A movie released for national distribution back on January 19, 1944, depicted the predicament of a young woman named Trudy Kockenlocker. It’s seen today as a rather tame screwball comedy — and a good one at that, listed by the American Film Institute as #54 on it’s list of all-time best comedies. Yet it’s a wonder it was ever released.
Miracle at Morgan’s Creek starred Betty Hutton and Eddie Bracken and was directed by Preston Sturges. It tells how Trudy wakes up one morning after a farewell party for a group of soldiers to discover that, while drunk, she married one of them whose name she can’t remember. A short time later, she discovers she is pregnant.
Well, didn’t the alarms go off at the Hays Office, that noble outfit charged with protecting Americans from perversion through diligent censorship. The script was sent to the office in 1942, and Paramount quickly received a seven-page catalog of complaints, starting with the fact that Trudy was drunk and working its way up to the possible comparison of Trudy’s dilemma with the virgin birth of Jesus. When the Hays Office had finished its snipping, only ten pages of the script remained in tact. The War Department weighed in about the conduct of the departing soldiers. A pastor in the film who delivers the moral warning against mixing patriotism with promiscuity got the hook as well.
The film was finally released, the Hays Office was bombarded with complaints, including one critic’s suggestion that the office had been “raped in its sleep” for allowing the film to be released, (evidently, Sturges had somehow forgotten to share the film’s ending with the Hays Office). and it became Paramount’s highest-grossing film of the year. It also won an Oscar for Best Screenplay.
A Tale of Two Babies
A lot of folks would spin the channel to CBS in 1953 to catch another birth, this one a tad less controversial as Lucy gave birth to Little Ricky (Ricky Ricardo Jr.) – 71.7% of all television sets in the United States were tuned into the I Love Lucy program that January 19. On the same day, Lucy gave birth to a nonfictional son, Desi Arnaz Jr.
Mama Eu Quero, Part 1: Cuba 1955
The flickering image on the T-V screen – strong eyes, the familiar beard, the damn fatigue cap – stole Delia’s attention from the book she had determined to finish this evening. And his voice – still defiant, but the words he uttered were words of defeat, stepping down. All these years, and your revolution will end with a whimper. I’m afraid it’s getting old and wrinkled, Fidel. Like us.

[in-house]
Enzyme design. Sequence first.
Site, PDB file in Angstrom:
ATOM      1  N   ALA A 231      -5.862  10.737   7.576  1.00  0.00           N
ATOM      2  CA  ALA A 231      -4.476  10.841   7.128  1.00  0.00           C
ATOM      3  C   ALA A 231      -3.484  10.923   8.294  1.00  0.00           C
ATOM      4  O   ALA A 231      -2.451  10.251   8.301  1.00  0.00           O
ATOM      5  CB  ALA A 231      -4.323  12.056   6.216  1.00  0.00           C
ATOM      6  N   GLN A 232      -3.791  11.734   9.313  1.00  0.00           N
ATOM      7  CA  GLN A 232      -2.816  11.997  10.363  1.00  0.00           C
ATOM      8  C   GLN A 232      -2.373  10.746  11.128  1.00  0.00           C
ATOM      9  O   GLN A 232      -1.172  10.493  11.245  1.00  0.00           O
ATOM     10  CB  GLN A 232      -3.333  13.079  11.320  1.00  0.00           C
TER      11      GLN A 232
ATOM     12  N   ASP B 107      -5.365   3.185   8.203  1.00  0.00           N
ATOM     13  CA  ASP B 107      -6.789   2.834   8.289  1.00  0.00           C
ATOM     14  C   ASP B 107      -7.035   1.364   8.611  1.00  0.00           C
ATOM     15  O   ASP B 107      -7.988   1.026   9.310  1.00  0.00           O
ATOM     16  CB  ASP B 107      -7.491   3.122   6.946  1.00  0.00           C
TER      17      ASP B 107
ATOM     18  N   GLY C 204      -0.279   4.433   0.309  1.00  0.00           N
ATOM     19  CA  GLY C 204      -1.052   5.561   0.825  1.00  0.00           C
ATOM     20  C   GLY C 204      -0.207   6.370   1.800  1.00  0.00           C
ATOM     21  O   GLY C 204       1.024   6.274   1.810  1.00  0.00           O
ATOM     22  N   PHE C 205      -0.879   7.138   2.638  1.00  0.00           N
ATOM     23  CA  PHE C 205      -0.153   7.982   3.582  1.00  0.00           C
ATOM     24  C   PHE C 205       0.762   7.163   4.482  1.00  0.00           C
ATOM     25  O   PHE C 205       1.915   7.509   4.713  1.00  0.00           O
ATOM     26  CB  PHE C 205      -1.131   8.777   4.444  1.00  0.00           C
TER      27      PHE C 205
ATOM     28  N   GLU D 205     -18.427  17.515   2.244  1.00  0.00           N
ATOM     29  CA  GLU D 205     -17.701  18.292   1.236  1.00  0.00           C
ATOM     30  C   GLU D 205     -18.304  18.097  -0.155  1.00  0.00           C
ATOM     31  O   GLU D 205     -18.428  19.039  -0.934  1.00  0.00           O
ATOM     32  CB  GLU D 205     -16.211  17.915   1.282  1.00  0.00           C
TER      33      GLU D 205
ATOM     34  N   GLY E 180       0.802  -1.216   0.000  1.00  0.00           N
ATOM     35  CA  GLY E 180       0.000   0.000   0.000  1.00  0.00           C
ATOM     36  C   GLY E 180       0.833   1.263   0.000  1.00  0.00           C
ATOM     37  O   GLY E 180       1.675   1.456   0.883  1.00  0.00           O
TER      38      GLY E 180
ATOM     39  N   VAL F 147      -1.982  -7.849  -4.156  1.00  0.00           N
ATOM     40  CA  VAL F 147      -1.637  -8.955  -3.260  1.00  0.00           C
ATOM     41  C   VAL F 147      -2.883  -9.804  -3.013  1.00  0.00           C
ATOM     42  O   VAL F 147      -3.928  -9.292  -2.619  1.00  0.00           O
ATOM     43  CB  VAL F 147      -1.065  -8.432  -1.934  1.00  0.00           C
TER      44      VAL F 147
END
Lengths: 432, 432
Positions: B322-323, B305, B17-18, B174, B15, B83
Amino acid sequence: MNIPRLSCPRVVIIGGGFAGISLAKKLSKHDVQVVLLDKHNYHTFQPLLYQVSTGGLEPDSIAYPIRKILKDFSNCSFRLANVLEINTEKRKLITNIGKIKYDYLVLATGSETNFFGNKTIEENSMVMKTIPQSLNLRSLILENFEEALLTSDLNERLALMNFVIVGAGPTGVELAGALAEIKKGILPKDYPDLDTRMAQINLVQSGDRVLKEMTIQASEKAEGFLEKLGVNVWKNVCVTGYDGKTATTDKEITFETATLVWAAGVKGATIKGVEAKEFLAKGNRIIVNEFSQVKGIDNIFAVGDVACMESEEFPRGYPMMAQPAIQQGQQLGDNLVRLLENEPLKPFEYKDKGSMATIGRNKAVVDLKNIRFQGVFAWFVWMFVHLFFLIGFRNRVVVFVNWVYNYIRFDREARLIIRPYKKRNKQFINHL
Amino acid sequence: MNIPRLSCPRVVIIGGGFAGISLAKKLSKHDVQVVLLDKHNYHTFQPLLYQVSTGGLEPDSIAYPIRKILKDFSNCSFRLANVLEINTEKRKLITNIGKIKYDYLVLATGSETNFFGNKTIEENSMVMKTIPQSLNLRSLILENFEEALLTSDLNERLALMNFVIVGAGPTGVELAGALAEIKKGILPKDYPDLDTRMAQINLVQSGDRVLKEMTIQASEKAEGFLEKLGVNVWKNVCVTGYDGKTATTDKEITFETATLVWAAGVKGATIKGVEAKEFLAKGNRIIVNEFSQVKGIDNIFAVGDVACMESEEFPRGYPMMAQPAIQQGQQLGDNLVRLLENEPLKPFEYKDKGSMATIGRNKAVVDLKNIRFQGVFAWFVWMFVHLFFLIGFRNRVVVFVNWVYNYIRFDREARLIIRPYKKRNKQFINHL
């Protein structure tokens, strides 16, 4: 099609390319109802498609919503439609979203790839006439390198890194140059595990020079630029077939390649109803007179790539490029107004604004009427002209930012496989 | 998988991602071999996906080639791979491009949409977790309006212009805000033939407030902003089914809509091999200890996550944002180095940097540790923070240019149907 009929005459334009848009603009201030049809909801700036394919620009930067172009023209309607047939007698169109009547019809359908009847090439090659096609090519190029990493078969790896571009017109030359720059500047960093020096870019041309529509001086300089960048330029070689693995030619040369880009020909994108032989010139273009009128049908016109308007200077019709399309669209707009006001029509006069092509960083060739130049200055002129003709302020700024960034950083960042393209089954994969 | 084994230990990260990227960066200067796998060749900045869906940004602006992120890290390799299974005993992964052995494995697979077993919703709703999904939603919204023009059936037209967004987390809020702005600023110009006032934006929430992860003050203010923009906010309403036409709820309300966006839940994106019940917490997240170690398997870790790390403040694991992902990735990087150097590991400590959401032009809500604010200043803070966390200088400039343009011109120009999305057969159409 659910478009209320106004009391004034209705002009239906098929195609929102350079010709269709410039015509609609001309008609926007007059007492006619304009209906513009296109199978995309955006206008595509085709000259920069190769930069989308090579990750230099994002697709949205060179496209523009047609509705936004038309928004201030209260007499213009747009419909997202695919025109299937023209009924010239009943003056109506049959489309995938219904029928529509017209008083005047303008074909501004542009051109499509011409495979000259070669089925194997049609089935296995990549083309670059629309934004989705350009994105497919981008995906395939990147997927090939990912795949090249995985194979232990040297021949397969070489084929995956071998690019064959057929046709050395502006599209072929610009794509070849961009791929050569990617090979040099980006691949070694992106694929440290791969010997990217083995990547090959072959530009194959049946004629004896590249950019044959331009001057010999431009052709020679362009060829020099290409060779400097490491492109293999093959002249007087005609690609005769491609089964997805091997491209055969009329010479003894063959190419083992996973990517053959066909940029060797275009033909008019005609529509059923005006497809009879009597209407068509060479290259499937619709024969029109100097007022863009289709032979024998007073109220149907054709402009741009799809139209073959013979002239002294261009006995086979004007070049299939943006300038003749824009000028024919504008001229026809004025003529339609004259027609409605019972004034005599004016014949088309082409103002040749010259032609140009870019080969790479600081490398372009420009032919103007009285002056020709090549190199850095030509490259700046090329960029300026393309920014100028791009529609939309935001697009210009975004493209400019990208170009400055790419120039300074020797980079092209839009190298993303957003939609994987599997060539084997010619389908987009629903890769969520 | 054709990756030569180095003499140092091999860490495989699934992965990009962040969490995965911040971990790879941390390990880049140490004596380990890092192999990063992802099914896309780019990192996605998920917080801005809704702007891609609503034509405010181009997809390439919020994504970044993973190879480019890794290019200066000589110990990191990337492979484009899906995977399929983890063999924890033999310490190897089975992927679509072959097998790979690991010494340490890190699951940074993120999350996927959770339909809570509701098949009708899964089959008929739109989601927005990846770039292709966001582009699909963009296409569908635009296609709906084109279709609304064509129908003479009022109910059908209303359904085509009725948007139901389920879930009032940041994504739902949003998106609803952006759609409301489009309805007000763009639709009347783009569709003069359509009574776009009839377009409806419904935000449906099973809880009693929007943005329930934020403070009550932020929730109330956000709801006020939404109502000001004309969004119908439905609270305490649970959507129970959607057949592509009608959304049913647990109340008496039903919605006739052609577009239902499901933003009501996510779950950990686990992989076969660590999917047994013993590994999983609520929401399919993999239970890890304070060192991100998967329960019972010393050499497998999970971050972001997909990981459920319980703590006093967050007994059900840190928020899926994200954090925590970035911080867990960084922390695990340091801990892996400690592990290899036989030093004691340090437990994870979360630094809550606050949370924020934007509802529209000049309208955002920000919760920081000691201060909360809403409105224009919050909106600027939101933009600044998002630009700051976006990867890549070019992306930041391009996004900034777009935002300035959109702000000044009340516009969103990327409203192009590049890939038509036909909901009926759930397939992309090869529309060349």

The face on the TV screen changed, metamorphosing into another image from the distant past that probably wasn’t really there. It was a gentler face with a mischievous smile and a great big nose, a face that forced both a smile and a tear as he cooed: “Good night Mrs. Calabash, wherever you are.” It was an odd association, these two faces, but for Delia, lasting and inevitable. Jimmy Durante disappeared into the darkness and Fidel was back.
Delia didn’t hate Fidel the way so many of the others she knew who had had associations with Cuba did. Of course her association with Cuba had been very short – but intense – a mere two months during that bittersweet summer of 1955, three and a half years before Castro took power. She was a young woman – a girl – plucked from the American Midwest by a tornado and whisked into a wild and wicked Oz called Havana. There to meet Jorge. And Maria do Carmo Miranda da Cunha.
Maria do Carmo Miranda da Cunha was not born in Brazil as many think. She emigrated from Portugal, arriving in Rio de Janeiro in 1910. But once there, she so fully absorbed the culture of her new home that she would one day personify its people, its infectious rhythms. On the world stage and in the many movies that, years later, Delia would watch on television, Carmen Miranda was Brazil.
By today’s reckoning, the revolution was already two years underway that summer Delia’s father got an assignment with an American sugar company in Havana. In a way, by working for a sugar company with vast interests in Cuba, her father and by extension his family, including Delia, were in their own small way partially responsible for the revolution. Sugar (Delia still couldn’t put it in her coffee) was both Cuba’s lifeblood and its yoke. A third of the country’s income depended on sugar, and American sugar companies controlled three-fourths of the land on which it could be grown. And the entire blame, at least in Delia’s eyes, seemed to have fallen on one sixteen-year-old girl.
“Mama Eu Quero” originally appeared in the literary magazine Dandelion. It is included in Calypso, Stories of the Caribbean.